Over the past few weeks a colleague and I have been working on a collaborative project with our Year 8 English classes that involved teaching persuasive language through a topic on copyright, plagiarism and Creative Commons.
We perceived a need among our students to develop their understanding of what it actually means to create their own original piece of work, and what the limitations are on their use of other people’s ideas and works for their own purposes. The idea for the unit lent itself brilliantly to teaching about digital citizenship and what their rights and responsibilities are as both consumers and creators of content in both the digital and the physical world.
After hearing Selena Woodward speak at the South Australian English Teachers Association conference in May of this year, we were excited and inspired to begin the project. And so were our students when we explained it to them – it’s main selling point for them being that they got to create a video at the end.
I have made videos with classes before. I should have known how exhausting it would be. I was so excited about the concept that I forgot.
We started by posing the following question to the students in the form of a video stimulus: “What can we do to draw upon other people’s work but avoid plagiarism?” We then went through a process of building persuasive language skills and understanding of copyright laws and Creative Commons. Students used this learning to work in groups and create a persuasive video response to the original problem that had been posed to them.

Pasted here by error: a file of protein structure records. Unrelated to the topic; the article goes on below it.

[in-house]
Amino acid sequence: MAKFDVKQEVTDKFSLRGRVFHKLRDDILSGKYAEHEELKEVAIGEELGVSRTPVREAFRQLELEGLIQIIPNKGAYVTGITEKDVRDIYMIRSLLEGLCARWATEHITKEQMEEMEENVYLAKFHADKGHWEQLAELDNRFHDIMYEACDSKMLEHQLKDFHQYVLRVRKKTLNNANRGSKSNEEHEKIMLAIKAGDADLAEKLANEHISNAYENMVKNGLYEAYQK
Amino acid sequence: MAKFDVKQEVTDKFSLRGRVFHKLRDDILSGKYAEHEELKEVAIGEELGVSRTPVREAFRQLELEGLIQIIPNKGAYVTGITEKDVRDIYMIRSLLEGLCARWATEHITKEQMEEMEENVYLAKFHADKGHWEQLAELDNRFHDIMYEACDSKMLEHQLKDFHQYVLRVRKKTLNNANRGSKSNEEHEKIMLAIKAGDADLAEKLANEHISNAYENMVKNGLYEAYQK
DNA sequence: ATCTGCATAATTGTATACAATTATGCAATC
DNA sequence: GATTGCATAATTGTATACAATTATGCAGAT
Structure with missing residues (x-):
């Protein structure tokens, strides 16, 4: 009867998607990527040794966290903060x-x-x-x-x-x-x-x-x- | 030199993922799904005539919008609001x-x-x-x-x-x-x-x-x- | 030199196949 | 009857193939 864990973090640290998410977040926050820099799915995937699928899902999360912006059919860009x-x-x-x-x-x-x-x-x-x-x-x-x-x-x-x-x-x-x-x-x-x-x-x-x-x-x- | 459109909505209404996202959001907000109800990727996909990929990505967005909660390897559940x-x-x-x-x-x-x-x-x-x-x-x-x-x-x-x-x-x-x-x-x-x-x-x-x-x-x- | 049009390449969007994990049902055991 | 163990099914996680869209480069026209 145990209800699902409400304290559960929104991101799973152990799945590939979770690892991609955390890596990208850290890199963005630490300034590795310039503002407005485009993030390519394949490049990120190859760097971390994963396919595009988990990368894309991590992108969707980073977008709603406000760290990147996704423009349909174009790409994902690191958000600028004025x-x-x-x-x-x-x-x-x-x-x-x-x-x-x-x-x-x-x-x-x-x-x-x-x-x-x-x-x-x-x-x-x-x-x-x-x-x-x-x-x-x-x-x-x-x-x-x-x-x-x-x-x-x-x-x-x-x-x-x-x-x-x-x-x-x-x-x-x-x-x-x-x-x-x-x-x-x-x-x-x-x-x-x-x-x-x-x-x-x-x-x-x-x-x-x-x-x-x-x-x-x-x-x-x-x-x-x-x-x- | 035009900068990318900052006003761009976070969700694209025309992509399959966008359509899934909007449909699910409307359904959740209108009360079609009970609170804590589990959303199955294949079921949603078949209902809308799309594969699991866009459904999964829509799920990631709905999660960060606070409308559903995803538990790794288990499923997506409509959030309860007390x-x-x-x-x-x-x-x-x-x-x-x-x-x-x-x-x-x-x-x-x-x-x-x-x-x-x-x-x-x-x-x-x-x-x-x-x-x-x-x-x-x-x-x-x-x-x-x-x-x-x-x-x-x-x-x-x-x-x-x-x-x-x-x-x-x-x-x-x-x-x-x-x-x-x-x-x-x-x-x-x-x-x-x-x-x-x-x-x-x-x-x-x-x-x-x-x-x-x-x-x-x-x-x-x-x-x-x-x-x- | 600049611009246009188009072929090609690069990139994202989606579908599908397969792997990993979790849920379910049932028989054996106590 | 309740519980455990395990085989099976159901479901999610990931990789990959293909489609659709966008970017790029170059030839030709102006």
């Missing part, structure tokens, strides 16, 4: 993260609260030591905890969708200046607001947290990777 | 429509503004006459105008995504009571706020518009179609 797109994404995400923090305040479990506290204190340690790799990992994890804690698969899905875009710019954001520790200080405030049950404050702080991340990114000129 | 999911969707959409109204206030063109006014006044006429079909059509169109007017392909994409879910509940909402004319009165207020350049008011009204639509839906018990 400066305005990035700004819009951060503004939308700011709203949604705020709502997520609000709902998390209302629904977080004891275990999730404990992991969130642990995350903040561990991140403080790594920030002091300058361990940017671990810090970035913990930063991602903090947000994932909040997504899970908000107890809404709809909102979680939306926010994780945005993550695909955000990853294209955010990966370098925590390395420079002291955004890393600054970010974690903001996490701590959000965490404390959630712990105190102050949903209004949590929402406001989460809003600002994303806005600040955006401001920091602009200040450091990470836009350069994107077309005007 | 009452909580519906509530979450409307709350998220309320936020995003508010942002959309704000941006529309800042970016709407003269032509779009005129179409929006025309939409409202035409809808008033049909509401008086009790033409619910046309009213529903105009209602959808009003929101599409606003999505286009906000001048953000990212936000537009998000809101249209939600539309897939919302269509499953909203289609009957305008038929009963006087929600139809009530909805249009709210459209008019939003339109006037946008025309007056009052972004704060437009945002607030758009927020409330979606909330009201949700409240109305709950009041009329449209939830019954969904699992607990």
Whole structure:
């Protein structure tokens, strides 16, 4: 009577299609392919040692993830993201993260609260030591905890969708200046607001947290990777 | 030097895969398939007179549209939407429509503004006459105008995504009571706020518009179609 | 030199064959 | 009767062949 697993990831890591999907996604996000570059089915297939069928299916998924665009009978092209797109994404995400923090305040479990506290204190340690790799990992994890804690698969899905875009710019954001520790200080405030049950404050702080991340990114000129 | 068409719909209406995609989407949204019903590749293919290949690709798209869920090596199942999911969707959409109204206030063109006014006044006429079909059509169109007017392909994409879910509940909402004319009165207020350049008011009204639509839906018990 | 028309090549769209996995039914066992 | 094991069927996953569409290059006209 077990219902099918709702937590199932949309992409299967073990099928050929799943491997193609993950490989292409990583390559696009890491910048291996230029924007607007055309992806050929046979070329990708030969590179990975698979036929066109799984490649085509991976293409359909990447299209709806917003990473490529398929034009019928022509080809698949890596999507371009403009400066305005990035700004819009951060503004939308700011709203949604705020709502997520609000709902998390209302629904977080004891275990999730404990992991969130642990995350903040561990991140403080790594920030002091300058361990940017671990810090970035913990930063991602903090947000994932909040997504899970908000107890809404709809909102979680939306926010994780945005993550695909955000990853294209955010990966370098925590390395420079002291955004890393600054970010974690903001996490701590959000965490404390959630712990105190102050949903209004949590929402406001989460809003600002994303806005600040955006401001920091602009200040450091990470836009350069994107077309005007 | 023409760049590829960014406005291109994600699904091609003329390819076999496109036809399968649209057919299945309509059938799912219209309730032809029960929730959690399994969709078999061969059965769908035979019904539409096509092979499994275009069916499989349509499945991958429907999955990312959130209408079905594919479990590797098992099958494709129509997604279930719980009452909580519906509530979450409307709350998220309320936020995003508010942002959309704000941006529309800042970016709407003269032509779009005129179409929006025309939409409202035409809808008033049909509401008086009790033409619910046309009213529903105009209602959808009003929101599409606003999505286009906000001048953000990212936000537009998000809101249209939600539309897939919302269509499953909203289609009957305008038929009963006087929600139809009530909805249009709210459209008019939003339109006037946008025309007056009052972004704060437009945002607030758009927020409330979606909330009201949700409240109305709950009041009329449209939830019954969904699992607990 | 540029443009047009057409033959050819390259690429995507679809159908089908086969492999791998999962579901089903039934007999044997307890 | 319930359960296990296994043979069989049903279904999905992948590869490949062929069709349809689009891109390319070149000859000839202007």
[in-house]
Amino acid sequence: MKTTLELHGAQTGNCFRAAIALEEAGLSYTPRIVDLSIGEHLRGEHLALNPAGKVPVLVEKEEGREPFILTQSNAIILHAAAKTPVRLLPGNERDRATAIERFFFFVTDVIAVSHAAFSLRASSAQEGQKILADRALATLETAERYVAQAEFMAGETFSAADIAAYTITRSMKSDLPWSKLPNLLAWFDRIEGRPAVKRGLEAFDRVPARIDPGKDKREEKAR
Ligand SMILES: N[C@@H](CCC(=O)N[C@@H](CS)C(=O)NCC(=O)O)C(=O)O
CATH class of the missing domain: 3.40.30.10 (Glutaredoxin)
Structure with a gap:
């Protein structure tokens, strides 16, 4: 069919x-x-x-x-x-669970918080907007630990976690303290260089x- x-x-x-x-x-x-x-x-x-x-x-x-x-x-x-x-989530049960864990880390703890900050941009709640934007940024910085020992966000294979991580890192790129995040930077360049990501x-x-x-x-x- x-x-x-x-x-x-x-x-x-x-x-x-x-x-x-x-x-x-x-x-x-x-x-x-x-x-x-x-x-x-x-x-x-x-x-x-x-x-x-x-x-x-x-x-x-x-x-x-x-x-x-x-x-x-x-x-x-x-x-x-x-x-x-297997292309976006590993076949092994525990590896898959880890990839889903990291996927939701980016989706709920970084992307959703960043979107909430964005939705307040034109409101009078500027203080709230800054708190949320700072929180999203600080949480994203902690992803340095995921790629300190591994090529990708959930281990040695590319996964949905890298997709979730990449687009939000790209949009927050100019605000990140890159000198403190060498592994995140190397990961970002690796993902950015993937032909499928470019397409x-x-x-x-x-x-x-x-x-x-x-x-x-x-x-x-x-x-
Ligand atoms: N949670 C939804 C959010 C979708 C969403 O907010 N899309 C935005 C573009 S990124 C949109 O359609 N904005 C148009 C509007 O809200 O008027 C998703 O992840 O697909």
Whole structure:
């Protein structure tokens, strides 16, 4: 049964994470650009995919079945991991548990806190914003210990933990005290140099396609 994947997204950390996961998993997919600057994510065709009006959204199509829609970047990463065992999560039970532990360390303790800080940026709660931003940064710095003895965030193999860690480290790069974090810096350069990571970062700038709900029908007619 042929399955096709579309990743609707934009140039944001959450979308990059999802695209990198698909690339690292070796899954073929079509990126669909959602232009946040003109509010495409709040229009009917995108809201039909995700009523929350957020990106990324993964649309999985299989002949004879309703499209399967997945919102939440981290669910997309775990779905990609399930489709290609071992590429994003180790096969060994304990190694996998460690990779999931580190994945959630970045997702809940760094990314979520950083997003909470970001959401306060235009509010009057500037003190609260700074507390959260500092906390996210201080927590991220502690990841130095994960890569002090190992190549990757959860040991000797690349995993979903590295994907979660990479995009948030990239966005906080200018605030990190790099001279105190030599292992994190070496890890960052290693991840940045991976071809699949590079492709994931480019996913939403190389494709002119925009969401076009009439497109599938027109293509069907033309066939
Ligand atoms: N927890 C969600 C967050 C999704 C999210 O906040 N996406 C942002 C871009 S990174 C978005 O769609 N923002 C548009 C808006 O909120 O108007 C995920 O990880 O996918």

Some of the challenges of this somewhat-inquiry based project included the anxiety of relinquishing some control to the students in terms of where they went with their suggested solutions to the problem and how their product developed. Yet this was also an opportunity in that the onus was on them to work together effectively and solve problems, hence helping to build the resilience I am aiming for with my class. There was also the challenge of getting students out of their comfort zones. Many of them have used Windows Movie Maker before, but they were reluctant to try new programs such as Powtoon or other animation based software. And then there was the degree of trust in the students required to do the right thing as they moved around the school to film.
There were many opportunities though, which outweighed the challenges. It was great to see students who wouldn’t normally work together so enthusiastic about their shared ideas and work. Unlike the last time I had students create videos, this task was far more structured in terms of a step-by-step process and the language structures students were required to use. The accessibility of students’ smartphones and tablets also made the facilitation of the filming and editing much easier as they simply had to plug in and go, rather than sharing the school’s limited video cameras among many groups.
Click here to see the students’ reflections on the project and some of the final products. To be honest, they were a little more amateurish than I had envisioned. But when I think about it, they are Year 8s, and the concepts they are talking about are actually quite complex. So I’m very proud. We may need to work on some editing skills though…
Creative Catastrophe – reflections on a digital unit for Year 8 by Melissa Phillips is licensed under a Creative Commons Attribution-NonCommercial-NoDerivs 3.0 Unported License.
Based on a work at 8 Faulkner’s Class Blog.
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